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State v. Martinez

Supreme Court of Utah

May 2, 2017

State of Utah, Appellant,
v.
George M. Martinez, Jr., Appellee.

         On Certification from the Court of Appeals

         Third District, Salt Lake The Honorable Ann Boyden No. 141900017

          Sean D. Reyes, Att'y Gen., Jeffrey S. Gray, Asst. Solic. Gen., Mikelle C. Daugherty, Salt Lake City, for appellant

          Joan C. Watt, Ralph W. Dellapiana, Salt Lake City, for appellee

          Justice Pearce authored the opinion of the Court in which Chief Justice Durrant, Associate Chief Justice Lee, Justice Durham, and Justice Himonas joined.

          OPINION

          Justice Pearce, Judge.

         INTRODUCTION

         ¶1 A Utah Highway Patrol Trooper stopped a vehicle for an improper lane change and asked both the driver and George Matthew Martinez, a passenger, for identification. The trooper ran a warrant check and learned that Martinez had an outstanding arrest warrant. The officer searched Martinez incident to his arrest and discovered a glass pipe with methamphetamine residue inside. The State charged Martinez with possession of a controlled substance, but the district court granted Martinez's motion to suppress the evidence. The district court concluded that the trooper had violated Martinez's Fourth Amendment rights when he asked to see Martinez's identification and ran a warrants check without reasonable suspicion that Martinez had committed or was about to commit a crime. The State appeals the district court's suppression order, arguing that an officer may ask a passenger to supply his identification and run a background check on him during a routine traffic stop. We hold that officer safety concerns justified the negligibly burdensome extension of the traffic stop and reverse the district court's order.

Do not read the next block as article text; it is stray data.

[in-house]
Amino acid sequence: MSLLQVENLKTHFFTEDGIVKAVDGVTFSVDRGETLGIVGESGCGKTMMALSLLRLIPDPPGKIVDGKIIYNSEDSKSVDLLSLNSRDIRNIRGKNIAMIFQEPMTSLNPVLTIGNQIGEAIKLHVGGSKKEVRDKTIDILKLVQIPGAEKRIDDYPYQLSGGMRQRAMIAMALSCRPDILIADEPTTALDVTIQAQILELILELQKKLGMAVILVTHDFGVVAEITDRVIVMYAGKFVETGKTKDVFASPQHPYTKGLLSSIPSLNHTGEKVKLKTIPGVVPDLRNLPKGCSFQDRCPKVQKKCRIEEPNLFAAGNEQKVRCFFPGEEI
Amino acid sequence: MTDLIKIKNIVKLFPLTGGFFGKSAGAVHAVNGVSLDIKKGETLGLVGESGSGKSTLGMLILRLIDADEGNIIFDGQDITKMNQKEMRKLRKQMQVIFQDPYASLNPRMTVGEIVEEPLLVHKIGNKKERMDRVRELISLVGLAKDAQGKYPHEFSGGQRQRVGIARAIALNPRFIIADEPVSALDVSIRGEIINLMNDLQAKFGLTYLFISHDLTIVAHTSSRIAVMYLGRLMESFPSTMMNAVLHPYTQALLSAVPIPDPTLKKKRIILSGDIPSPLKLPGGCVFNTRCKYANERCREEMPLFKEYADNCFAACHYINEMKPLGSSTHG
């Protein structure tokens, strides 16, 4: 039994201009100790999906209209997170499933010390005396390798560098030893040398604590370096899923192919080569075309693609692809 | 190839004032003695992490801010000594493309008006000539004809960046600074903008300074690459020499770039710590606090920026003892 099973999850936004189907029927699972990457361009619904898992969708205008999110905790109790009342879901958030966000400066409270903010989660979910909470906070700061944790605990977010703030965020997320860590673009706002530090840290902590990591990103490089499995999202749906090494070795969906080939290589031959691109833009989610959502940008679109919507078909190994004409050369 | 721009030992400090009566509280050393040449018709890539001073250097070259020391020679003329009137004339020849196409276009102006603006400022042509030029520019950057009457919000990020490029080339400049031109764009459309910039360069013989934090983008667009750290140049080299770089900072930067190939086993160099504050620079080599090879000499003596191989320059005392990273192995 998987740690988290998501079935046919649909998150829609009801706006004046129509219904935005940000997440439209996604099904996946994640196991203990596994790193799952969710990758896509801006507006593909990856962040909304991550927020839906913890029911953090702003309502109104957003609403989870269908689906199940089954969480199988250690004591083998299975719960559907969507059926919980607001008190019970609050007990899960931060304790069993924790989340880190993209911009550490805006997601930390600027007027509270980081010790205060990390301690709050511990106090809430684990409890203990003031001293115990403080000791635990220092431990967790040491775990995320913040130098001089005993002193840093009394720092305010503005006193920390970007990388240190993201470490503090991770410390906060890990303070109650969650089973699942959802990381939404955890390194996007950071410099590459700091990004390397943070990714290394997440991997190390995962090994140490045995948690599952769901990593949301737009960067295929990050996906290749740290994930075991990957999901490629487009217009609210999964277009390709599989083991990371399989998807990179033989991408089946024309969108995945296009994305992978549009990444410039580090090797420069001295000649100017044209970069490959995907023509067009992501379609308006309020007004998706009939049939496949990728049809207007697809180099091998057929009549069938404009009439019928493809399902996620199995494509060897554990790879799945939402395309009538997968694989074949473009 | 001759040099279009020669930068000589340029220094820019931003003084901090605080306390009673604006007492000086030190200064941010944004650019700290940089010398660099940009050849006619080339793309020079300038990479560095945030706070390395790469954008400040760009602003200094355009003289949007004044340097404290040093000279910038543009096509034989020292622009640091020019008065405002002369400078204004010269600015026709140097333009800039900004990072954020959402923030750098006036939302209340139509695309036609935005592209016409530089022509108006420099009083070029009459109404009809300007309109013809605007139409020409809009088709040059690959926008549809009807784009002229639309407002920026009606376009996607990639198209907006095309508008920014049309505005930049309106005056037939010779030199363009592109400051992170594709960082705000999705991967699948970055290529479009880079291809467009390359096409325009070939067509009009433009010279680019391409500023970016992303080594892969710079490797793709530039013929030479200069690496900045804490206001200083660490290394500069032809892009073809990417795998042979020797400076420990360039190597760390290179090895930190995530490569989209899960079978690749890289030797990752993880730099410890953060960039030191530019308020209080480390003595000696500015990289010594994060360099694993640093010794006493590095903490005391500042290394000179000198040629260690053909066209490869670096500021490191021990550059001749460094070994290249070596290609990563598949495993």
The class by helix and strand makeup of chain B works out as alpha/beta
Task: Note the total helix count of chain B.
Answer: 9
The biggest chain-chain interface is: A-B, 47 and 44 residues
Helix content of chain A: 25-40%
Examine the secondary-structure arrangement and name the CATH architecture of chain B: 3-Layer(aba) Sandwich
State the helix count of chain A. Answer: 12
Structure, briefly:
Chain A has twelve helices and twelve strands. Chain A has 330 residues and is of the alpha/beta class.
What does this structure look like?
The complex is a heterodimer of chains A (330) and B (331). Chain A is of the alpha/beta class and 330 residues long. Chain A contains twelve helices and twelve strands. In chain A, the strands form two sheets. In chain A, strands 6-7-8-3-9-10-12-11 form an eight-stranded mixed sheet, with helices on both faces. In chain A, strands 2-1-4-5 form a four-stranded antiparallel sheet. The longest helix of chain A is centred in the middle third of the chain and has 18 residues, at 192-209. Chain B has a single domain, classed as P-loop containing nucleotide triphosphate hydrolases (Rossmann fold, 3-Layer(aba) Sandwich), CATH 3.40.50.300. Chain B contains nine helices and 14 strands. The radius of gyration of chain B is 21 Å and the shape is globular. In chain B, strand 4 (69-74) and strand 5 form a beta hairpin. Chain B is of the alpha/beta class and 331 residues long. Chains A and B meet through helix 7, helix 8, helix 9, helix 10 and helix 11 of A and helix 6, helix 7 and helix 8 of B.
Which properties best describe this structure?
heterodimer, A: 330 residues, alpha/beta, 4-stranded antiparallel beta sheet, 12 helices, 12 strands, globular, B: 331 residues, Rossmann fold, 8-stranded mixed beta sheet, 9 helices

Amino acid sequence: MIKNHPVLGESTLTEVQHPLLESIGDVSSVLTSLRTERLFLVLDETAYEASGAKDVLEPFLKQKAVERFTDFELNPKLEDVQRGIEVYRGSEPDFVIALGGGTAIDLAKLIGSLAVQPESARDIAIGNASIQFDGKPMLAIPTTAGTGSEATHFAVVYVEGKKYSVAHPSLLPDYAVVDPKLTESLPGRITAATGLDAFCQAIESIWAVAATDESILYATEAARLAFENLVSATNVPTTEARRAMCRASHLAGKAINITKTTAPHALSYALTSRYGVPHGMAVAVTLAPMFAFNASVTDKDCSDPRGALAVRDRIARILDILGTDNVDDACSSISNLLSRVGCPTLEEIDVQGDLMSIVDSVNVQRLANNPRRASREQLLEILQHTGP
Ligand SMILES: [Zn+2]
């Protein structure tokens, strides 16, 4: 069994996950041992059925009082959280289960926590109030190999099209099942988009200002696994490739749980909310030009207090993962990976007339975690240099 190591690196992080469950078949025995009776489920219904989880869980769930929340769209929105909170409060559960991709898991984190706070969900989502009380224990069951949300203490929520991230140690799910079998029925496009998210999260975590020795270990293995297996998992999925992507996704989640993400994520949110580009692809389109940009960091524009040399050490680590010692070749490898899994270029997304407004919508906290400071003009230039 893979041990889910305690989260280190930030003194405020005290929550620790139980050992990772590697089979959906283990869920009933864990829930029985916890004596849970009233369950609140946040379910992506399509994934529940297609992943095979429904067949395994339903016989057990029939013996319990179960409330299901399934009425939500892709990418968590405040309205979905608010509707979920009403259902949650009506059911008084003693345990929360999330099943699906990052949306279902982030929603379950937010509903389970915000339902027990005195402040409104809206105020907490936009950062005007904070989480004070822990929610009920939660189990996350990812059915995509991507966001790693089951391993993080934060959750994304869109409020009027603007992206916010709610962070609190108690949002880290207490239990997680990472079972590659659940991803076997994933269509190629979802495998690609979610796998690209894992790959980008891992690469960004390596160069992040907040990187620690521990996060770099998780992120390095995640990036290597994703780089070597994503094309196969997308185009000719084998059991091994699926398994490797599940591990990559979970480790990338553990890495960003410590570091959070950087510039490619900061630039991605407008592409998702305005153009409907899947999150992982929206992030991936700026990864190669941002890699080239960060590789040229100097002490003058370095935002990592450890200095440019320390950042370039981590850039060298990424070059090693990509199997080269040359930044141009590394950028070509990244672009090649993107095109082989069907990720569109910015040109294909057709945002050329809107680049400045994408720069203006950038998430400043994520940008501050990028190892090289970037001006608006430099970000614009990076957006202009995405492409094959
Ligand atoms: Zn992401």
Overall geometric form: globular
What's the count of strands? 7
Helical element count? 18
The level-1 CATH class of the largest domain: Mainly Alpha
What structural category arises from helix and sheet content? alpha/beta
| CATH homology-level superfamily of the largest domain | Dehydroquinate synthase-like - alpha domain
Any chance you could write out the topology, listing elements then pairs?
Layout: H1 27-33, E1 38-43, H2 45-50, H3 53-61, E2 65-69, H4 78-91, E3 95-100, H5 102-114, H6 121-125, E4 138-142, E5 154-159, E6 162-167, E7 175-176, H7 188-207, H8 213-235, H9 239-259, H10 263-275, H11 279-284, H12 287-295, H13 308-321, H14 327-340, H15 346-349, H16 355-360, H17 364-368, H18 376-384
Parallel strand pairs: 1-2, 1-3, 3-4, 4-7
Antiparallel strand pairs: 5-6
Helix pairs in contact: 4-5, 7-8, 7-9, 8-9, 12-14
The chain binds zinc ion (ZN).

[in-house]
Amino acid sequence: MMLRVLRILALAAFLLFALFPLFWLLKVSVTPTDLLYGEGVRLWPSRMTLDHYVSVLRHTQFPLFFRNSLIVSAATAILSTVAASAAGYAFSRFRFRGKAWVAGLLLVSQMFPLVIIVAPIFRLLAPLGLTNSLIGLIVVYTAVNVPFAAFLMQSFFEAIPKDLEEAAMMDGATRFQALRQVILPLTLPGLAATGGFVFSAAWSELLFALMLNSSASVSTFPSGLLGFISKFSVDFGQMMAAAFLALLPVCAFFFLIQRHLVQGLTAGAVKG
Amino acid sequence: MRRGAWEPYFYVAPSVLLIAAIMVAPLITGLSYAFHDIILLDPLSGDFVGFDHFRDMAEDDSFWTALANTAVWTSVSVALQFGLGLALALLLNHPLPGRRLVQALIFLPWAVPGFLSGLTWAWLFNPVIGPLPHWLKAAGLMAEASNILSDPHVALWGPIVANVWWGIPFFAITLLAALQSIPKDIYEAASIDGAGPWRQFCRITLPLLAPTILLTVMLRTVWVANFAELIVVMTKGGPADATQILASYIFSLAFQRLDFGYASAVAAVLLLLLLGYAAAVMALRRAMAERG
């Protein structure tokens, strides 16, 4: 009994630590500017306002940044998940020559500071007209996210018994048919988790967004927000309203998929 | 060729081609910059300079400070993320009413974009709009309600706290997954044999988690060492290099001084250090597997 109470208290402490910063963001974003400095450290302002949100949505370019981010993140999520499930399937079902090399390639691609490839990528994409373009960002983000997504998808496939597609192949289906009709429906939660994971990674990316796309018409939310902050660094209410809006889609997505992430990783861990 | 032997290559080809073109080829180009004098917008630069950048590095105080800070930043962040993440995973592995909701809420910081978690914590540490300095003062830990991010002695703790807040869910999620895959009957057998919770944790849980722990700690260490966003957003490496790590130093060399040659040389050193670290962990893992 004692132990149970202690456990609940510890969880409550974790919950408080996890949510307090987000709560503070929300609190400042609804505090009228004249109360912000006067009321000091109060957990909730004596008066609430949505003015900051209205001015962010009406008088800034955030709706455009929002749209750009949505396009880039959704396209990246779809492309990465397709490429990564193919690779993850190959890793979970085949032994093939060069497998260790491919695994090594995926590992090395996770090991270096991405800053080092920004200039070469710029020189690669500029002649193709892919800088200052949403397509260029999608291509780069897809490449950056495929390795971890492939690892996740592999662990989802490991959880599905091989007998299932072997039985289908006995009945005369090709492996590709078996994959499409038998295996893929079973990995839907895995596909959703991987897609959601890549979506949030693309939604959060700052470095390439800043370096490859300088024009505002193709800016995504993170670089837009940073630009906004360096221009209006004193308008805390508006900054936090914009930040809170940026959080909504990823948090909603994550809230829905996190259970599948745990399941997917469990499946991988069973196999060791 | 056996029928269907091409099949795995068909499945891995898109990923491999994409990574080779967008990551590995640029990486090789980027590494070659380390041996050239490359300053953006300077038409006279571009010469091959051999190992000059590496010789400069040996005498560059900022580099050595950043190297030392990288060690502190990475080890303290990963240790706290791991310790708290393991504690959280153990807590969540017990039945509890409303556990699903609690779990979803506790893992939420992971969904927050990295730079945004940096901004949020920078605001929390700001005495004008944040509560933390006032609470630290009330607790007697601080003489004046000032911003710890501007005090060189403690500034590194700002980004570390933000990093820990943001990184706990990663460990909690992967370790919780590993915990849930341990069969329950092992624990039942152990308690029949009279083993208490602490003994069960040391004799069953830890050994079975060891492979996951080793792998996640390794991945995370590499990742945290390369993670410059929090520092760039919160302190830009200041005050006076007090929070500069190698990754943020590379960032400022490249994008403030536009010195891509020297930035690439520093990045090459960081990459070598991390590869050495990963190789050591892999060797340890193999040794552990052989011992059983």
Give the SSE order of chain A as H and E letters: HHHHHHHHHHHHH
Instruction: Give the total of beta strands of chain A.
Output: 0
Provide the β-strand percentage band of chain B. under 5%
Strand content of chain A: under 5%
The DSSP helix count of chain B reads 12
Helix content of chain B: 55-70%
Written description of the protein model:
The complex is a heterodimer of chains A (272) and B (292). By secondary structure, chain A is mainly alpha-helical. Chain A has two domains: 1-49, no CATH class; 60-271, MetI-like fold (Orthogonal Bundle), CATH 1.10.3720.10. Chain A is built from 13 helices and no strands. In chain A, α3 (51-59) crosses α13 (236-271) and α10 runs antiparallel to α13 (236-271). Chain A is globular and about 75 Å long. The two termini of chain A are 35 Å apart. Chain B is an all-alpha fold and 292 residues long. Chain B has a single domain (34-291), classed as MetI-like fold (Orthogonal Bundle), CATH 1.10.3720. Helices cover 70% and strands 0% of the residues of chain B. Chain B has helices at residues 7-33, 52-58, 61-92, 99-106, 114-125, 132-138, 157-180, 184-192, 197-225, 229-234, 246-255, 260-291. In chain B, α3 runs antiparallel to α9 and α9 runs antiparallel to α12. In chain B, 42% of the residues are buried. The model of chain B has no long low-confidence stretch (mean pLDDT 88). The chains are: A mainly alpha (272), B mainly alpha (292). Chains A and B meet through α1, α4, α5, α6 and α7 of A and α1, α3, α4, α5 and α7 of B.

BACKGROUND

         ¶2 Utah Highway Patrol Trooper Jeremy Horne stopped a car after the driver failed to properly signal a lane change. Martinez was a passenger in the vehicle. Trooper Horne explained the reason for the stop and asked the car's driver for his license, vehicle registration, and proof of insurance. While the driver was collecting his documents, Trooper Horne also asked Martinez for identification.

         ¶3 Trooper Horne gathered documentation from both the driver and Martinez and returned to his patrol car. He conducted a records check of both the driver and passenger using his in-car computer system. He entered the driver's driver license number first and then immediately entered Martinez's driver license number. According to Trooper Horne, after entering a number, it generally took "less than five seconds or so" to retrieve information regarding warrants, license status, and a photo. Trooper Horne first learned that the driver's license was valid and that the driver had no outstanding warrants. "Immediately after" that, Trooper Horne reviewed Martinez's inquiry results and learned that Martinez had an outstanding arrest warrant.